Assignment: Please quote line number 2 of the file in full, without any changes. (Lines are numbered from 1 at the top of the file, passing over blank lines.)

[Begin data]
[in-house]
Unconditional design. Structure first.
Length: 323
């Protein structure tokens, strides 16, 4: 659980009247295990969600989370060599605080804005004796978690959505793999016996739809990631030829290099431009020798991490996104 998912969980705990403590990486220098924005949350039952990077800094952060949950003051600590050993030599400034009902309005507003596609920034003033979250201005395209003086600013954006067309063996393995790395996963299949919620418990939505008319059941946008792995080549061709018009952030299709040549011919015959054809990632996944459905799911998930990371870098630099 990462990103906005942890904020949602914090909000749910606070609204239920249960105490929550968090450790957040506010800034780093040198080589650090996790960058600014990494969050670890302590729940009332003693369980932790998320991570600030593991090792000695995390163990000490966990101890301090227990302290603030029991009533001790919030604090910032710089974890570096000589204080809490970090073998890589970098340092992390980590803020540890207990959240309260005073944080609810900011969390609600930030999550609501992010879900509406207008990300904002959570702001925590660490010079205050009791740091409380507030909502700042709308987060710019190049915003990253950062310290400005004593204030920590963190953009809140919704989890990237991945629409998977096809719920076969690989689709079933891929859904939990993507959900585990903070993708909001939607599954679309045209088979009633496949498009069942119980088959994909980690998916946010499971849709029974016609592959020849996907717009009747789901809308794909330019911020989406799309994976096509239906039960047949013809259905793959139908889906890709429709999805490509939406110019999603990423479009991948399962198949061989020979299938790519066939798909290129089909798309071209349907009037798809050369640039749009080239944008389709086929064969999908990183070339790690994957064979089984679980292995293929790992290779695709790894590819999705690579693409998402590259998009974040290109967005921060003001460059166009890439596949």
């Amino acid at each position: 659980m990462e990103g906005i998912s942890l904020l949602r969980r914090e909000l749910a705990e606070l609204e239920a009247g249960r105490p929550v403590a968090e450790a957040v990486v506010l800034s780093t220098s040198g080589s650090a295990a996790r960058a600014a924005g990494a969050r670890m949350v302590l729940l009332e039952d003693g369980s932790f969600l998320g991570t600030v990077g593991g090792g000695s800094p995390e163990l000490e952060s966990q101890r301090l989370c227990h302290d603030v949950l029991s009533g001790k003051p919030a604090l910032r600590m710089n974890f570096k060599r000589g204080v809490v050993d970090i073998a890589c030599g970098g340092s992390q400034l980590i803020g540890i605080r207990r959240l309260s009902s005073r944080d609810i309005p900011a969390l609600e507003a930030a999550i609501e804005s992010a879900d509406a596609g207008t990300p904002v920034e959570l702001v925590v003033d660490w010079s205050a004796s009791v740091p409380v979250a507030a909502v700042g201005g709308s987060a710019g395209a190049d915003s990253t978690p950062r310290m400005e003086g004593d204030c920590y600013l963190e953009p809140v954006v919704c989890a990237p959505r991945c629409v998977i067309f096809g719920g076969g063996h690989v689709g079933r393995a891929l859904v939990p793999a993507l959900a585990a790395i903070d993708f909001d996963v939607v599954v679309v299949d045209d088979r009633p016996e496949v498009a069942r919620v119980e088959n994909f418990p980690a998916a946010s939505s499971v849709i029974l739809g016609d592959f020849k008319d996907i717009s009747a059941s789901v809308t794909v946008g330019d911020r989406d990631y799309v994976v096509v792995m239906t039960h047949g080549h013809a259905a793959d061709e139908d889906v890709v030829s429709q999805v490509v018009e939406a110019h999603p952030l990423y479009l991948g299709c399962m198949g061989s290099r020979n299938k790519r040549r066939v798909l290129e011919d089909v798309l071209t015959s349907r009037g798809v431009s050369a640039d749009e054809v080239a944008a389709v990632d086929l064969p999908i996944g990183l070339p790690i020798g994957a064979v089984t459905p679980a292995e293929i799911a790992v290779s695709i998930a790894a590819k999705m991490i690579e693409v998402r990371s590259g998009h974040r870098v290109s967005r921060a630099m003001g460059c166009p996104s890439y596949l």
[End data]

Unconditional design. Structure first.